Opium Nation: Child Brides, Drug Lords, and One Woman’s Journey Through Afghanistan

Fariba Nawa. Harper Perennial, $14.99 trade paper (368p) ISBN 978-0-06-193470-4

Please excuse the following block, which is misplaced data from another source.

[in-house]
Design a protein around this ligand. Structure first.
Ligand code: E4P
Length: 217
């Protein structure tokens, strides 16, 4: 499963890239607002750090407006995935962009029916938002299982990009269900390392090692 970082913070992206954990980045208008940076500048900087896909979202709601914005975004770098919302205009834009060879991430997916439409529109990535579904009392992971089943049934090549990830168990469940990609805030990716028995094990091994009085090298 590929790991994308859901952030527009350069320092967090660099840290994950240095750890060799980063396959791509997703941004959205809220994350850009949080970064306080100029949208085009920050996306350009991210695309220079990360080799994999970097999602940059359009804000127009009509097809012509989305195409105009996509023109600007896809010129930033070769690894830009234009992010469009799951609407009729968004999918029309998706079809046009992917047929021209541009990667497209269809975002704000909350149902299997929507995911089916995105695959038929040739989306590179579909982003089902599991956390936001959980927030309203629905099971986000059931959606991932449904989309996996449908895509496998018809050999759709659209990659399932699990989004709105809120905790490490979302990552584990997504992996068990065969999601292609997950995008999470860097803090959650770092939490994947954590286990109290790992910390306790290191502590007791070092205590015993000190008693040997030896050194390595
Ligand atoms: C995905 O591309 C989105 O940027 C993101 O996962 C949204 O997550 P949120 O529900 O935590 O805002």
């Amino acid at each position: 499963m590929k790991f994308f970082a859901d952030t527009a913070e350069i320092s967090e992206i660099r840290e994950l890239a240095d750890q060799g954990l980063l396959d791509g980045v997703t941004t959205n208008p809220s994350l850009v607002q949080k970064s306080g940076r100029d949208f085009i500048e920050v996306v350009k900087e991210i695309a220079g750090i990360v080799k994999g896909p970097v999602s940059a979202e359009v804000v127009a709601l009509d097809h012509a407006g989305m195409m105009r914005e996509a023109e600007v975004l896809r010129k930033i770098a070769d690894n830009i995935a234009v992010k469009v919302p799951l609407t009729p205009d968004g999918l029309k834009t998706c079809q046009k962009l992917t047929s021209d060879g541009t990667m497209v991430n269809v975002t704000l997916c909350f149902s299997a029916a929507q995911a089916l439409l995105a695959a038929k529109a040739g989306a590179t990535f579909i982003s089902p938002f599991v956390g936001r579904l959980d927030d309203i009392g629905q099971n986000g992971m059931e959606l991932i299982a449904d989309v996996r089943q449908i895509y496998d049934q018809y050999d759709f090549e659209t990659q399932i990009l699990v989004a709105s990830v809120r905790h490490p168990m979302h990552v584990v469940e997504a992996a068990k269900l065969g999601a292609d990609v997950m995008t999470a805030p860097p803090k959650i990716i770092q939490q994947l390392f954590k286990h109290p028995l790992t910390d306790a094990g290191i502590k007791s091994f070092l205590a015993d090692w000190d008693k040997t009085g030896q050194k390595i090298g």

In this powerful and occasionally tragic account, journalist Nawa returns to Afghanistan, which she fled at the age of nine to escape the Soviet occupation. She spends several years traveling the country to interview Afghans involved in the opium trade, “an all-encompassing market that directly affects the daily lives of Afghans in a way that nothing else does.” Tied to Nawa’s journey is a quest to strengthen her Afghan identity and reconcile it with her American self. Although comforted by her ability to “change nationalities, hiding one and bringing forth another,” she doesn’t feel like she belongs fully to either culture. Nawa draws rich, complex portraits of subjects on both sides of the law, people like Farzana and Nanzaneen, a pair of women training to become drug enforcement agents; Mr. Jawan, a kindly former drug smuggler; and Parween, a female poppy farmer whose crops were destroyed by soldiers because she failed to pay off the right people. A chance meeting with Darya, a 12-year-old girl sold into marriage in order to settle her father’s opium debt, propels the book toward its climax: a search for the girl in one of Afghanistan’s most dangerous regions. Nawa’s work is remarkable for its depth, honesty, and commitment to recording women’s stories, even when it means putting her own safety at risk. She writes with passion about the history of her volatile homeland and with cautious optimism about its future. (Nov.)